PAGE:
The 2016 Intel International Science and Engineering Fair (ISEF) was held May 8 – 13 in Phoenix, AZ. ISEF is the world’s largest international pre-college science competition. Student Finalists at ISEF are ninth through twelfth graders who earned the right to compete at the Intel ISEF 2016 by winning a top prize at a local, regional, state or national science fair. This year there were a total of 1,760 student Finalists from 77 countries that participated. North Carolina had a total of 20 students for 17 projects and represented three Regional (Region 3A, Region 3B, and Region 6) and the State NC Science and Engineering Fair. At ISEF, there are two separate awards ceremonies, the Specialty Award Ceremony on Thursday, May 12 and the Grand Award Ceremony on Friday, May 13. Being a student Finalist at ISEF is an amazing experience for a student. They meet students that also excel in science and engineering research from around the world. Students unite to present their research and compete for Special and Grand Awards. This year, 970 judges interviewed the students and selected the best projects to receive Awards.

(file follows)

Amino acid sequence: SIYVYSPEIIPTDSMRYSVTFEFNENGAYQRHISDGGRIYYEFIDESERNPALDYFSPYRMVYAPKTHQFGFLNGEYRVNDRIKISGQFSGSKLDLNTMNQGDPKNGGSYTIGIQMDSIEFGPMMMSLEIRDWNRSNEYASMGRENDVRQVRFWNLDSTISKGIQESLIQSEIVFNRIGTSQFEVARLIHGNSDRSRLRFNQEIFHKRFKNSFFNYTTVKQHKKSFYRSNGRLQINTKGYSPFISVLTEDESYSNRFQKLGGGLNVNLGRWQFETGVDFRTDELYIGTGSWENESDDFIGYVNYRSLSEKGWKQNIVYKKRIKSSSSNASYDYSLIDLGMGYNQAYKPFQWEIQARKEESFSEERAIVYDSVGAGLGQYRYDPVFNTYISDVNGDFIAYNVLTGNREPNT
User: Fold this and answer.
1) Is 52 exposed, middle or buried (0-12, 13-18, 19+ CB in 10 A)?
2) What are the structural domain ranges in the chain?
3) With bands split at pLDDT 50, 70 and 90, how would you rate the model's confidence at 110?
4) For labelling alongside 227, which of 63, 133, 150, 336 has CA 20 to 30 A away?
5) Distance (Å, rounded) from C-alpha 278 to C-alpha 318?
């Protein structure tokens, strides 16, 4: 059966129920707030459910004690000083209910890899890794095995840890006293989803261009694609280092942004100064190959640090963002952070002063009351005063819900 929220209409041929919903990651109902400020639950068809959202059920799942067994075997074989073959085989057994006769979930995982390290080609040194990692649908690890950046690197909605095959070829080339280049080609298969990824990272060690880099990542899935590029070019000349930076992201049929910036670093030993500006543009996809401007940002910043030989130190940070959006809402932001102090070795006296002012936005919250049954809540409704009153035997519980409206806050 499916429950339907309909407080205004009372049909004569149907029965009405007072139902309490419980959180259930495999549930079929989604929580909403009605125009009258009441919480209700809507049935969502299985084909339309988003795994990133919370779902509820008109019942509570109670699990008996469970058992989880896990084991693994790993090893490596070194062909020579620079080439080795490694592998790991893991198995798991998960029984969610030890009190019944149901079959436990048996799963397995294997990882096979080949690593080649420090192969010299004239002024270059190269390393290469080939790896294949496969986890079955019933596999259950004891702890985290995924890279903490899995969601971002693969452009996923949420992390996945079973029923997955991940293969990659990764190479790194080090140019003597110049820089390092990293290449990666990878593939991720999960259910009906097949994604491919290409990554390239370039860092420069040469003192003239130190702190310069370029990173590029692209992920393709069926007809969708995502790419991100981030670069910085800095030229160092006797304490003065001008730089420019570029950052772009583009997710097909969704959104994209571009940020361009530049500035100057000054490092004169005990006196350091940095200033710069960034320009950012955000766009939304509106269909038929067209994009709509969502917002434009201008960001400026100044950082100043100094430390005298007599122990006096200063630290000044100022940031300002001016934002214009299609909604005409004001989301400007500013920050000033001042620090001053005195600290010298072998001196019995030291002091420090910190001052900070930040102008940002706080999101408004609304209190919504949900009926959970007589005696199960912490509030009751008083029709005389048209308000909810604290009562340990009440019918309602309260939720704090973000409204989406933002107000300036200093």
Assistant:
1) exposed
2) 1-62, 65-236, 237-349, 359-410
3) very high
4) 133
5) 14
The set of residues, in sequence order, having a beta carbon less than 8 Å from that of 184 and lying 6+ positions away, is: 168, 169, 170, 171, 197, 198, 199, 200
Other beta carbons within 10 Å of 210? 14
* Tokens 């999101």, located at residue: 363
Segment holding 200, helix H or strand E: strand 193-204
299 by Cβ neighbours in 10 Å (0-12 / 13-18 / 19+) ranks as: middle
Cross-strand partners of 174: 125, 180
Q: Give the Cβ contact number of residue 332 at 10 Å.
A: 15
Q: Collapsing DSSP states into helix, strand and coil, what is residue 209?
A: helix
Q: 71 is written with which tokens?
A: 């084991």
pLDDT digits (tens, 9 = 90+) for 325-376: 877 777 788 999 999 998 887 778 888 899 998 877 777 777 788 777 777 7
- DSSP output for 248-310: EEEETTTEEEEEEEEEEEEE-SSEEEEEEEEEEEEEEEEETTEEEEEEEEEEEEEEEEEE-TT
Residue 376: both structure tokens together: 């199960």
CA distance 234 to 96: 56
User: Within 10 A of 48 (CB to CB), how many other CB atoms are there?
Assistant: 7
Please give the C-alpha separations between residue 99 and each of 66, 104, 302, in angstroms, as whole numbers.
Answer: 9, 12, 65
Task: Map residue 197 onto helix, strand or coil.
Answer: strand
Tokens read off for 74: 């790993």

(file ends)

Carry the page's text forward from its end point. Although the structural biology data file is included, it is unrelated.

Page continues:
Hear what 2012 NCSEF and Intel ISEF award winners, Kelly Roddick and Lauren Huffstetler - NC State University 2016, have to say as they reflect on the value of engaging in science and engineering research by competing in the NCSEF.
Science Fairs provide an opportunity for students, 3rd through 12th grades, who are interested in science and technology to pursue their personal areas of interest and to display their research as a presentation in a public competitive forum. The NC Science and Engineering Fair works to create enthusiasm in science and technology while encouraging project-based inquiry. This fair gives our students the chance to compete for college scholarships, awards, honors programs and other exciting prizes.
The Education Office at NASA's Jet Propulsion Laboratory (JPL) has released a video series designed to take teachers, students, and parents through the process of crafting a science fair project.
The six-part video series features JPL scientist Serina Diniega, engineer Arby Argueta, and educator Ota Lutz, who team up to take viewers step by step through the project design process, from generating an idea to communicating the final results in an attractive display.